• This vision creates job opportunities for cultivation, harvest, preparation, storage, and distribution of locally grown produce.
  • Opportunities abound to distribute food that is harvested in the community and provide greater food security for the benefit of the entire City.

The vision calls for a radical repurposing of the right-of-way to include more space for people, food production, water collection and infiltration, energy generation, green space, and habitat, and less land for large, single occupancy vehicle circulation and storage.

  • Traffic fatalities disproportionately impact pedestrians and cyclists, especially vulnerable users and minorities.
  • Streets are paid for by all of society but produce disproportionate benefits for vehicle owners and operators.
  • On-street parking subsidizes vehicular ownership by reducing or eliminating the cost to store a vehicle.
  • Streets are the largest portion of publicly owned land in the city and should be designed to meet the needs of all people, not just car owners/users.

The vision calls for a net positive water management approach that prioritizes equitable and resilient water provision and treatment. These systems help the City prepare for emergency events. Net positive water systems can also provide basic sanitary and potable water to those most in need; new community rainwater collection and filtration kiosks could provide clean drinking water to anyone who needs access to a safe water source at that moment. As the number of people experiencing homelessness in Seattle continues to increase, it is essential that our community infrastructure is designed for all.

  • The State of Washington experienced a statewide drought emergency in 2015, and preparations are now underway for a second year of drought as record low snowpack is forecast in 2016.
  • Recent events in California and Detroit demonstrate that climate change and failing municipal infrastructure disproportionately impact minorities and people with low incomes.
  • An interconnected web of decentralized systems supports community resiliency since they cannot be shut off or taken down by a single event, such as extreme weather or natural disaster.
  • Decentralized water infrastructure can act as a neighborhood amenity, providing open space to areas with little access.
  • A net positive water model allows individuals and communities to freely access those resources that come naturally to their site. As technology develops, costs for potable filtration and black water processing continue to decrease.
  • Since they do not require construction and maintenance of extensive pipe networks, which are essential components of larger centralized systems, net positive water services can be extended more easily to various housing options.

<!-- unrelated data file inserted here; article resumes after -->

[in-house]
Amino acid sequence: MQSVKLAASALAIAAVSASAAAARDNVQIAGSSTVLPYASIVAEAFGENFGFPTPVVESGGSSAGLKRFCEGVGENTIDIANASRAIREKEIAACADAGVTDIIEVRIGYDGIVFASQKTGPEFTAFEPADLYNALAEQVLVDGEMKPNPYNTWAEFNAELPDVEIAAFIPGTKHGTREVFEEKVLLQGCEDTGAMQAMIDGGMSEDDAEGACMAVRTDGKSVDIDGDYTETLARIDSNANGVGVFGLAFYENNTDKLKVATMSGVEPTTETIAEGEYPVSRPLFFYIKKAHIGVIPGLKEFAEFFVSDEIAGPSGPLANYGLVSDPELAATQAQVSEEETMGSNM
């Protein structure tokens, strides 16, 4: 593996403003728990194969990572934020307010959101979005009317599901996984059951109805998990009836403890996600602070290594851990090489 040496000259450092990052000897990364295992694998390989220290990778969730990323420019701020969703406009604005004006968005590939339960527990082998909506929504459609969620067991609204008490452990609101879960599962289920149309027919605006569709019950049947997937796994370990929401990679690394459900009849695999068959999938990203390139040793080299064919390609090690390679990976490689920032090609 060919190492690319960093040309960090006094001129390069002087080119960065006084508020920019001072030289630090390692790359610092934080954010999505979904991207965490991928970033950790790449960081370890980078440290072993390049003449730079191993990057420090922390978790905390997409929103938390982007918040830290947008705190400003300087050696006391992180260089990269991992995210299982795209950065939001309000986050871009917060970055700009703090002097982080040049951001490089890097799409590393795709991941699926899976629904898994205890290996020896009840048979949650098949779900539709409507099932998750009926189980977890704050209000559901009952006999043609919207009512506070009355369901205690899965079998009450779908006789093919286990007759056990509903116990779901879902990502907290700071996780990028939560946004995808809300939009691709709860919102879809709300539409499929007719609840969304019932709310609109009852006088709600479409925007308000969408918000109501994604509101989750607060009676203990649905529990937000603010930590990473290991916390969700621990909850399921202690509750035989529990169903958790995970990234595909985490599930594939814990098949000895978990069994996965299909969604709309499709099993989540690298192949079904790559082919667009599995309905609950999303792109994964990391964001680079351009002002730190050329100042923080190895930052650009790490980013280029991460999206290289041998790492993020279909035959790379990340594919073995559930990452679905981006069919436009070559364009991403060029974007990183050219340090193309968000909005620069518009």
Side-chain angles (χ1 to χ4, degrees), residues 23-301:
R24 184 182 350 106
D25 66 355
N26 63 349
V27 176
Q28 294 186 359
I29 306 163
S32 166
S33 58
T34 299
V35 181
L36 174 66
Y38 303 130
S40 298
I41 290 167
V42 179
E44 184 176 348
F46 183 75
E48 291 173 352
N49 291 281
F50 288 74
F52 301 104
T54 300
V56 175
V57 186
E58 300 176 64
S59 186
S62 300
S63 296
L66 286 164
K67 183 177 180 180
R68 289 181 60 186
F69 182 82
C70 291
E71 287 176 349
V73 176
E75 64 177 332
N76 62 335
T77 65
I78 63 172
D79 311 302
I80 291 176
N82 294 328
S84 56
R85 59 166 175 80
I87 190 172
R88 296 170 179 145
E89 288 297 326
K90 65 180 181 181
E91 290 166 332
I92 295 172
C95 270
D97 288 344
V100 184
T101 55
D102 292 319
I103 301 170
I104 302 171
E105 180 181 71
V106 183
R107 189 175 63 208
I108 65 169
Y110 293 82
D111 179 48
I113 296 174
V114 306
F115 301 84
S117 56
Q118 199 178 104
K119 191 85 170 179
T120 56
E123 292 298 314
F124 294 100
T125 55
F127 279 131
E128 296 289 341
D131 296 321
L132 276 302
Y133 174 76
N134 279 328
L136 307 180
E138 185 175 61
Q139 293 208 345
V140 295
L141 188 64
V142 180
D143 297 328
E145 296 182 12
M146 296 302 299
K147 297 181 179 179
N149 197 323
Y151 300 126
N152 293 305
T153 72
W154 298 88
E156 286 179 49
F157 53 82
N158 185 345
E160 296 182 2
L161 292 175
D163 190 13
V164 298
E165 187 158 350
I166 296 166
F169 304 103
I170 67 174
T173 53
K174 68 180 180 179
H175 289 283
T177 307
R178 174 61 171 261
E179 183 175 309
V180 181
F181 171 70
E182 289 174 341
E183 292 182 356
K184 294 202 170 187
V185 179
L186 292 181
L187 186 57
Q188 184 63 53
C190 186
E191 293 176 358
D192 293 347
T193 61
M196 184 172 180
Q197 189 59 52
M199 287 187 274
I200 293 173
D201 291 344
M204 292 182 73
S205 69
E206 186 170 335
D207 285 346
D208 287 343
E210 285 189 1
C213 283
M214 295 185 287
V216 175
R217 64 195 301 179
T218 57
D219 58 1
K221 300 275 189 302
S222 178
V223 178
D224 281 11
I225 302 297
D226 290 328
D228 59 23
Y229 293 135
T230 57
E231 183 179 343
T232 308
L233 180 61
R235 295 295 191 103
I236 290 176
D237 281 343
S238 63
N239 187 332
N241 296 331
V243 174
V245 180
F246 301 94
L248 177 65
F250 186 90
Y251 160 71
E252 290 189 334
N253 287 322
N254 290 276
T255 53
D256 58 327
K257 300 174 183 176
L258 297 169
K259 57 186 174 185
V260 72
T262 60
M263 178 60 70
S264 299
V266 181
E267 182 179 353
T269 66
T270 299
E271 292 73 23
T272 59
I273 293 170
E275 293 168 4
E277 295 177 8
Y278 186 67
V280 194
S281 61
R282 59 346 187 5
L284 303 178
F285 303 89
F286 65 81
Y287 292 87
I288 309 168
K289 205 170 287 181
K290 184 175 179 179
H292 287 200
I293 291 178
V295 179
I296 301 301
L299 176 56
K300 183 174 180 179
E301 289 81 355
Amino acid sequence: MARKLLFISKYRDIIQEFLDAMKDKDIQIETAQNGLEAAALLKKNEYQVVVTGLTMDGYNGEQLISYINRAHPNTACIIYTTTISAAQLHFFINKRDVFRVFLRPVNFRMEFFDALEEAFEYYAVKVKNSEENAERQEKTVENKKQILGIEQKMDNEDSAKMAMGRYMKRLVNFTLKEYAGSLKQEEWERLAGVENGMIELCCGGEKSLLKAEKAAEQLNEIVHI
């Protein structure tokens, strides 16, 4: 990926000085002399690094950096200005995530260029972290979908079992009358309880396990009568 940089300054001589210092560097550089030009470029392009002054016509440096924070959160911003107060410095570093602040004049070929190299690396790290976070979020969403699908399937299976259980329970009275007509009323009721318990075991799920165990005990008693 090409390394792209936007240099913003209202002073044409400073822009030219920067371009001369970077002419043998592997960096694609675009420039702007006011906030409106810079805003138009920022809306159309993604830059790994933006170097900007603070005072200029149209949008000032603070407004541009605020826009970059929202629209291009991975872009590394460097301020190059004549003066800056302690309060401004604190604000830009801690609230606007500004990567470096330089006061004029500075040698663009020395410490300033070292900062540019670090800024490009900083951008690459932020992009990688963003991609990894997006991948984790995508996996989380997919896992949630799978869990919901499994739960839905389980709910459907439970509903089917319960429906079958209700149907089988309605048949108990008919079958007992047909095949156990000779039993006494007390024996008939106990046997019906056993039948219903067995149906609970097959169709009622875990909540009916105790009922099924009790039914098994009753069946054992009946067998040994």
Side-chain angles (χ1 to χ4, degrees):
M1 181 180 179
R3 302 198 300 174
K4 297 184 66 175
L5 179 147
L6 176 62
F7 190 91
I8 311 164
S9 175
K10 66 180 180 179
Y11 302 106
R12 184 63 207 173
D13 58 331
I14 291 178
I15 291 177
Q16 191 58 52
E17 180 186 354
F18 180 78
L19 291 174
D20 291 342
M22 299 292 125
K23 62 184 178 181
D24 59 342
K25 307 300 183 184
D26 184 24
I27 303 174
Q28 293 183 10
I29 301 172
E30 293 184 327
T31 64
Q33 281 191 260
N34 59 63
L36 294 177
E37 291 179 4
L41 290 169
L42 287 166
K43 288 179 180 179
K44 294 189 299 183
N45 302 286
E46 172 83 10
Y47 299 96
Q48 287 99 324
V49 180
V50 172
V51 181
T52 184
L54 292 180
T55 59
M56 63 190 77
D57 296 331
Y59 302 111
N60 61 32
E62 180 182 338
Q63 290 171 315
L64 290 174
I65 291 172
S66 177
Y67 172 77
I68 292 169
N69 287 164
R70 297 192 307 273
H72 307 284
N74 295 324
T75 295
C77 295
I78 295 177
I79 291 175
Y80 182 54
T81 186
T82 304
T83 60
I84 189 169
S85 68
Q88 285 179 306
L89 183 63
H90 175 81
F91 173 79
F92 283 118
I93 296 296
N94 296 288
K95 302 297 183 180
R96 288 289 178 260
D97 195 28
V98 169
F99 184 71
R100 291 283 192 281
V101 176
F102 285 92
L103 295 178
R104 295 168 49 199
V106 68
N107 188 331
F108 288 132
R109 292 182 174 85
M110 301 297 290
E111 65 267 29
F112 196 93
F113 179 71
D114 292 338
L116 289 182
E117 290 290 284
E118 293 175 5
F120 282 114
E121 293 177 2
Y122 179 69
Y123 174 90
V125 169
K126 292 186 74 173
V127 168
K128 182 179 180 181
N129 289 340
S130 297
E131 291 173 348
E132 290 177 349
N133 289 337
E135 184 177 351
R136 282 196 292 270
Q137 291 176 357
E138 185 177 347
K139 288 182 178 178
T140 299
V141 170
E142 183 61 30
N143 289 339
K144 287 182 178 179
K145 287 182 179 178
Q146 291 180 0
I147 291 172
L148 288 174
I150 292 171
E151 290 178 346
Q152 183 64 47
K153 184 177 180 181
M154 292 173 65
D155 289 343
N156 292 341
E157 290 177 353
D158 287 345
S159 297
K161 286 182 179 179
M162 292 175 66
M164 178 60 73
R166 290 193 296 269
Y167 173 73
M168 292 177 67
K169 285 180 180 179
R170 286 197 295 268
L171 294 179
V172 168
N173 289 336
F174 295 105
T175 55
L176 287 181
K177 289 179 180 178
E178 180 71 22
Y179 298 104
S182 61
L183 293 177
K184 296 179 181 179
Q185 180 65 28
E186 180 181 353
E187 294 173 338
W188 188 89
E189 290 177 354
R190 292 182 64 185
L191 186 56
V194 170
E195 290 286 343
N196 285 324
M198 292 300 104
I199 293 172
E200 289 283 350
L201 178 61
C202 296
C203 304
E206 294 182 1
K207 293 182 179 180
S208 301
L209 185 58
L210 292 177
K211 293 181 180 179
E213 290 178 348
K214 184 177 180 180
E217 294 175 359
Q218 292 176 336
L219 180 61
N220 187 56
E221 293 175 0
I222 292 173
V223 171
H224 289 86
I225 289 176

The vision calls for a net positive energy model implemented over the next decade through building code updates, collective purchase agreements, and renewable energy generation on most rooftops. Net positive and net zero energy buildings provide significant opportunities to reduce or eliminate energy bills, which can aid in affordability for low-income residents. They also serve the greater good by acting as a network of safe locations for people to shelter in times of service disruption and emergency.

  • A net positive energy model reduces the negative impacts and externalities such as heavy transmission lines and distribution stations, which tend to be located in low-income neighborhoods.
  • Renewably generated energy does not need to be tied to the grid. This provides an opportunity to extend energy service to populations in need without heavy infrastructure investment.
  • A distributed energy system is more resilient, which most benefits those who cannot leave the neighborhood in an emergency event.

The vision calls for more equitable distribution of nature and natual systems throughout the community. Simply by converting excess street width to habitat corridors we can provide more access to open spaces and natural systems.

  • The least wealthy are often the least mobile. Many within this area (and the surrounding city) lack the means to leave their neighborhood and thus to enjoy the benefits of nature. Bringing nature to the city and this community helps to restore this balance.
  • The natural world is beautiful. Distributing nature throughout the neighborhood makes the city more beautiful for all people.
  • Nature provides the benefits of quiet and clean air, which are often critically needed in low-income communities.

The broken development model of maximizing economic profit at the expense creating real value is  not inevitable. In communities around the globe, the Living Community Challenge offers a framework for achieving value-driven development. The work in First Hill demonstrates that it is possible to leverage development to provide for people and the land rather than to merely displace and degrade.

In Seattle, the Institute will continue our work to expand our vision and methodology into surrounding neighborhoods and develop replicable models for Living Communities. Wherever we call home, we can all support a new era of development that encourages holistic growth and resiliency. The lessons learned in Seattle can be tailored to many development contexts in order to build highly valued, thriving places for all.

“The broken development model of maximizing economic profit at the expense creating real value is not inevitable.”

Yesler Terrace Rendering by Adam Amrhein

Yesler Terrace Rendering by Adam Amrhein


Written By

Adam Amrhein

Adam is an urban designer and planner with experience in the private and public sectors. Formerly, he was the Living Community Challenge Manager for the ILFI.